Every individual has certain rights, and any infringement of those rights
constitutes an attack on the state. And these attacks may be even more grievous
if the victims are teachers, shapers of youth. In India, approximately 9.7
million teachers are currently teaching, according to State of the Education
Report for India 2021 released by UNESCO with CETE.
And according to a UN
report, approximately 2.7 million teachers were impacted by the COVID-19
lockdown in India, about 95% of whom belonged to private institutions. This data
exposes the vulnerability and insecurity of private school teachers. Teachers'
anguish is not new, teachers in private institutions have been fired without
notice on numerous occasions, and many a times they have been denied PFs
(Provident Funds), gratuity, and ESI benefits.
They are being exploited and are
being forced to do work at the mercy of such institutions. This profession's
professionalism is at its nadir. Management, who is astute and knowledgeable
about legal terms, frequently increases an employee's working hours without
compensating for overtime. They also use pressurization tactics to get employees
to resign so that management can avoid legal repercussions in the future,
leaving employees in traumatic situations.
Employees, i.e., teachers, on the
other hand, inherit vast knowledge about their subjects, but when it comes to
legally remedying and shielding themselves against the tormenting arrows, they
are less knowledgeable about, and most of the time fictitiously believe that
management being powerful can manipulate court proceedings and thus are
reluctant to approach courts. But with the help of landmark cases, we want to emphasise that the judiciary works on the principles of
"Equity in Equality" and
not on the principles of "favouring the powerful."
Through this Article, we aim to raise their awareness of their legal rights and
how to defend themselves because teachers still hold prestigious position in our
Legal Remedies for atrocities faced by teachers
We want to bring into notice some of the nefarious deeds committed by the
institutions and how some teachers inspite of lowering their guards, hit back on
such institutions with their shear will.
Fired without any valid reason
This is the most common nefarious deed practised nowadays. If tribunals are
present, challenge the order in court. If the tribunals are not present, private
school teachers may file a civil suit for declaration (u/s section 34 SRA),
mandatory injunction (u/s section 39 SRA), and arrears recovery. Also included
is a remedy for private teachers that was previously only available to
government teachers, allowing them to file a writ in the High Courts. Teachers,
whether private or public, are teachers, and they are the saviours and mentors
This was held in the case of Marwari Balika Vidyalay vs. Asha
(2019 S.C.). In this case, while delivering his decision, Hon'ble
Justice Arun Mishra stated "Whether government or private school both perform
public functions i.e. providing education to children in their institutions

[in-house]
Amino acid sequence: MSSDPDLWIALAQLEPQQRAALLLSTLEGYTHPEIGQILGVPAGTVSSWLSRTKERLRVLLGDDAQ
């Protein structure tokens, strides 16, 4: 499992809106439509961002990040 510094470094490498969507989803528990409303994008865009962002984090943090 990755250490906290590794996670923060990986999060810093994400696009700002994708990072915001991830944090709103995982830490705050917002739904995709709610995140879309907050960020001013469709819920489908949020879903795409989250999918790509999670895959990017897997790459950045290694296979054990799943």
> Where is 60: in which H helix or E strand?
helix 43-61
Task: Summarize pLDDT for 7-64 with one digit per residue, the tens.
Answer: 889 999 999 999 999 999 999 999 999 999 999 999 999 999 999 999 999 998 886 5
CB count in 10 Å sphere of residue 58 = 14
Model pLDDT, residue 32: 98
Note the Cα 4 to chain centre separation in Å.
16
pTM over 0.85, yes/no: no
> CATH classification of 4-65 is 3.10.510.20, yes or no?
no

throughout India". Similar remarks were reached by the court in the case of Ramesh Aluwalia v. State of Punjab
, which determined that schools perform public
functions and are subject to writs.
If you challenge your authority, you are fired!!
In the case of Somesh Thapliyal Vs. V.C. HNBGU
[2021 (SC)] the Hon'ble Justice
Ajay Rastogi held that , " This court can take judicial notice of the fact that
if an employee takes initiation in questioning the terms and conditions of
employment, that would cost him/her job itself." This implies that the courts
are also aware of the working conditions in these institutions.
The employer is
always in a dominant position, and we observe that the employee on the receiving
end can hardly complain of arbitrariness in employment terms and conditions.
Thus, the employer has the authority to dictate employment terms, which is
unethical and immoral, and certainly violates the principles of 'Equity and
Justice' inherent in the 'Basic Structure of our Constitution.'
A cataract operation resulted in loss of job.
In the case of Sarika Dabas vs. Modern Child Public School
(Delhi High Court),
the appellant Sarika Dabas was served with the notice by the respondent Modern
Child Public School while she was at work. She was fired despite emailing the
respondent to let them know she needed time off for cataract surgery.
defendant was a permanent teacher who had worked for the institute for 11 years
when the court noticed that her actions were unethical and against the law.
Additionally, the respondent didn't begin in accordance with Section 8(2) of the DSEA (Delhi School Education Act and Rules), which mandates that the Director of
Education's prior approval is required before terminating a teacher.
These case laws showcase that justice has been served to the teachers who stood
for their rights.
Be vigilant and not dormant
Furthermore, teachers should be vigilant about the below mentioned points:
Always ask for the appointment letter before joining